One Martina finished the job the original Martina left undone.
Martina Hingis became the youngest player in the Open era to defend a Grand Slam title Saturday when she captured her second Australian Open.
Hingis, 17, crafted her fourth major championship in elegant fashion, running former Wimbledon champ Conchita Martinez ragged in long rallies and tapping her out with volleys or soft, angled approach shots for a 6-3, 6-3 victory.
"To defend the title is much harder than coming here for the first time (when) nobody expected me to win," said Hingis, named after Martina Navratilova and raised since birth to be a champion. "There was so much pressure ... I'm very happy to have continued to do this again in singles and doubles."
Navratilova was going for her 10th Wimbledon title in 1994 when Martinez stopped her. The Czech-born, Swiss Martina got some revenge for her.
Unlike a year ago, her mother and coach, Melanie Molitor, stayed in the stands at the end instead of leaping down to embrace her daughter.
"My mom promised me before the match she wouldn't jump down again," Hingis told the crowd. Then, addressing her mother, she added, "I want to say thank you for being with me, through all the good times and bad times."
If the match lacked tension or suspense on a gorgeous 77-degree afternoon, it was because the light-footed Hingis so thoroughly kept control in her fifth consecutive Grand Slam final.
"She played very smart," said Martinez. "She didn't let me attack. She played all the right shots."
From the first point, a 23-stroke rally that Hingis ended with a deft backhand drop, to a 35-stroke rally that wore down the Spaniard in the second set, it was clear that Hingis was the steadier, more resilient player.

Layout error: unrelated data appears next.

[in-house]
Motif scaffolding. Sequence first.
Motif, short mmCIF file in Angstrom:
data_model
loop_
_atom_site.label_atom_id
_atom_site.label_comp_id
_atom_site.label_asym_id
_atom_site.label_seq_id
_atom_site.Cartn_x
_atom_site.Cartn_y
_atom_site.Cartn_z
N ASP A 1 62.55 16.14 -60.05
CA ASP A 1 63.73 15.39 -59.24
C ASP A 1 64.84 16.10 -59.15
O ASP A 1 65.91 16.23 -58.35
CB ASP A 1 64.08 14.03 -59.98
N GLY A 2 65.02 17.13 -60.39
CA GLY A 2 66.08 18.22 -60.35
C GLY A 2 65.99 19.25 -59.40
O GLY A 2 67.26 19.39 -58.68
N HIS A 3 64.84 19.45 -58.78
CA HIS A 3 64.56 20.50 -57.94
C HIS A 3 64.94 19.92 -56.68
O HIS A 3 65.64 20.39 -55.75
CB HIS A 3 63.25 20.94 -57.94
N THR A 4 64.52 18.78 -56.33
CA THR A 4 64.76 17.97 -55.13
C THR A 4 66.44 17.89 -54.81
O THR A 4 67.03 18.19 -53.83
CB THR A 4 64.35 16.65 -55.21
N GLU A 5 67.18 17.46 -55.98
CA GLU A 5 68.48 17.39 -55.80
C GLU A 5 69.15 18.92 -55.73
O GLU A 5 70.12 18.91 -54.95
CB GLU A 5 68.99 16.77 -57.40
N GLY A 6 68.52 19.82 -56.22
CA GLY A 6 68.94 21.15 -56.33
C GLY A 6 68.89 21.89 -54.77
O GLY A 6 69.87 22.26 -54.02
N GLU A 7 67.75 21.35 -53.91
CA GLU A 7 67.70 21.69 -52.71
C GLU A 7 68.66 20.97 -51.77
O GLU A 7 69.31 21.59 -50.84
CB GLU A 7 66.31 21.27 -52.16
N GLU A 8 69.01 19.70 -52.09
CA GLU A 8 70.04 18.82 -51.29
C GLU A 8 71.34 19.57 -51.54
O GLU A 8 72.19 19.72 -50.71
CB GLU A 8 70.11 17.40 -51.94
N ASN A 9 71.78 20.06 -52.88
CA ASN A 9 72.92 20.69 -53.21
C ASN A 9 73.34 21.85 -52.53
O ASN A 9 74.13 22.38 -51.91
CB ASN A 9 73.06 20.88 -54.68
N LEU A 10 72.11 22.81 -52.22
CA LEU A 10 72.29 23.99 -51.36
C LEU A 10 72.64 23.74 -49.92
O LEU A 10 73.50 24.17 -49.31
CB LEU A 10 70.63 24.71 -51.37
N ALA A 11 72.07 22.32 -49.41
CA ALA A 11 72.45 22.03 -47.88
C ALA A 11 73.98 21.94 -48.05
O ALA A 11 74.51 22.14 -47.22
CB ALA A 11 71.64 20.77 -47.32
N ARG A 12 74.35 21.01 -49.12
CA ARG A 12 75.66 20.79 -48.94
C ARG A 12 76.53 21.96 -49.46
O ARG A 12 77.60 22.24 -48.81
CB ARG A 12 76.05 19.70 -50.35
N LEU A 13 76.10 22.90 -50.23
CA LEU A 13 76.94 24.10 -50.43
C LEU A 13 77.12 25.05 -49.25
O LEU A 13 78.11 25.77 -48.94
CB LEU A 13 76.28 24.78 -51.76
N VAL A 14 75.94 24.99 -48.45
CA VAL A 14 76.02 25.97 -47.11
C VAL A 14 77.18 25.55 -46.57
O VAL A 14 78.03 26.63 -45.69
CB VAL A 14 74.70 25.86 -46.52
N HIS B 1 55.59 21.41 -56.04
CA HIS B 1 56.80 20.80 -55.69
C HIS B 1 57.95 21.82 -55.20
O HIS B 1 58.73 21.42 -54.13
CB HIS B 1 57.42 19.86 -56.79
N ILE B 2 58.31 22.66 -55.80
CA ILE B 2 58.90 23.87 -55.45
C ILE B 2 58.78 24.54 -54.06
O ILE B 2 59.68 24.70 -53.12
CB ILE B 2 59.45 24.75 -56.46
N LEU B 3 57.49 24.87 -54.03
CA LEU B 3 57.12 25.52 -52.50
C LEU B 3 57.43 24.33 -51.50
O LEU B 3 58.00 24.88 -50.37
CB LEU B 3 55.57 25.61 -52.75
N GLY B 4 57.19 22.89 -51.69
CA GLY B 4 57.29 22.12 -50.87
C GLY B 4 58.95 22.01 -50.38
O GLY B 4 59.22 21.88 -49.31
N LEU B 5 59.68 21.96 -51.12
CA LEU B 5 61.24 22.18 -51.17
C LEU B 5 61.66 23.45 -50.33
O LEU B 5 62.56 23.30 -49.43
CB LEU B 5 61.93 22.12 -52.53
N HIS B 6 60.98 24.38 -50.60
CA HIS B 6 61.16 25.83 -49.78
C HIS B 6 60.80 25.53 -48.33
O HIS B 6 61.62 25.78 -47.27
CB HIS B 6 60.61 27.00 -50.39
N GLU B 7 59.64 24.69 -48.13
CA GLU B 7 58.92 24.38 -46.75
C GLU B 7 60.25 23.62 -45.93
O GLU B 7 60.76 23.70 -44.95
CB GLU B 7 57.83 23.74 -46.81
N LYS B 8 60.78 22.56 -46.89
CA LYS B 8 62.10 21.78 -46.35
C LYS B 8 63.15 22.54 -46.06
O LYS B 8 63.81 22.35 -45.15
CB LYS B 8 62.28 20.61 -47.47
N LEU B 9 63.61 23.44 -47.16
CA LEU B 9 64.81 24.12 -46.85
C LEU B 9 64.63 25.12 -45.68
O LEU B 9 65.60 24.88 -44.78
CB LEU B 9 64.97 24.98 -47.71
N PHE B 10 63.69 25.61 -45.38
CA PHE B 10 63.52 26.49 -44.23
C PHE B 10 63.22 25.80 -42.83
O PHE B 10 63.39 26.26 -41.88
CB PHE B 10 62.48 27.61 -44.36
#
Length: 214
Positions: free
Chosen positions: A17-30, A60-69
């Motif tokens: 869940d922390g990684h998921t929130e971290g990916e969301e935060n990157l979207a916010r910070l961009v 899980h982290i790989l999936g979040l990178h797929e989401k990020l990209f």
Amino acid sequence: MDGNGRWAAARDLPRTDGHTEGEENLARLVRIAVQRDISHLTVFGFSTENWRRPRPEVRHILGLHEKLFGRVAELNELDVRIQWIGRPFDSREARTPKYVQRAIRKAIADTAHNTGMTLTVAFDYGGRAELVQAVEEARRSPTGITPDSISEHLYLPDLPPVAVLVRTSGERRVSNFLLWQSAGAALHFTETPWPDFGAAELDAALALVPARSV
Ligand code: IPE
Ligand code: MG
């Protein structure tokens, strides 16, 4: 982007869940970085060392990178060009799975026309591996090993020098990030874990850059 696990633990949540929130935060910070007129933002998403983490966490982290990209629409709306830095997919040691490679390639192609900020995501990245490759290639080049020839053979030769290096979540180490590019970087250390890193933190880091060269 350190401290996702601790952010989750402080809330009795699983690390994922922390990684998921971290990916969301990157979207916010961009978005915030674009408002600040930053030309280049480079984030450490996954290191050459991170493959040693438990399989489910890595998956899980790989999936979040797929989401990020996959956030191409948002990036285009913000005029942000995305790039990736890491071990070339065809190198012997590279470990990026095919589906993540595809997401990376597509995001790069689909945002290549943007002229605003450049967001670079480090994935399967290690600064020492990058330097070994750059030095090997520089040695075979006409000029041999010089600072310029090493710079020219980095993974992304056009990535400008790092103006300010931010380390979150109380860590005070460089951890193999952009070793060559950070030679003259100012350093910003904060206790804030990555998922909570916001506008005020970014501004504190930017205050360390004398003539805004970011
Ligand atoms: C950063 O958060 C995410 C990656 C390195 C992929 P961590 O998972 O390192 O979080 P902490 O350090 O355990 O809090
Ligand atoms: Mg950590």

"Today patience was everything," Martinez said. "She didn't make a lot of errors. I was expecting balls to come slow, and instead of stepping and attacking, I was being more passive."
Though broken in the first game of the opening set after a couple of deuces, Hingis streaked through the next four games, capitalizing on Martinez' erratic groundstrokes, and never yielded the lead in taking the set in 40 minutes.
Hingis ruled the second set as easily, breaking Martinez three times. Martinez' biggest chance of coming back evaporated in the fourth game when she squared off with Hingis in their longest rally, 35 strokes that including two overheads by Hingis that Martinez chased down. But in the end, Hingis won that exhausting duel with a soft, inside out forehand crosscourt.
Hingis held that game, then broke a weary Martinez at love for a 3-2 lead. Martinez never threatened again.
"I didn't play bad, but I didn't play great," Martinez said, adding that she had to take anti-inflammatory pills for a groin strain. "I wouldn't say I was 100 percent."
Hingis pocketed a $383,200 winner's check, giving her more tha$5 million in her brief career. Martinez earned $191,600.
Hingis also split $159,000 with 15-year-old partner Mirjana Lucic for winning the women's doubles.
No player, male or female, in the 30-years of Open era play has defended a Grand Slam title at a younger age. In 1991, Monica Seles was two months older when she won her second straight French Open championship.
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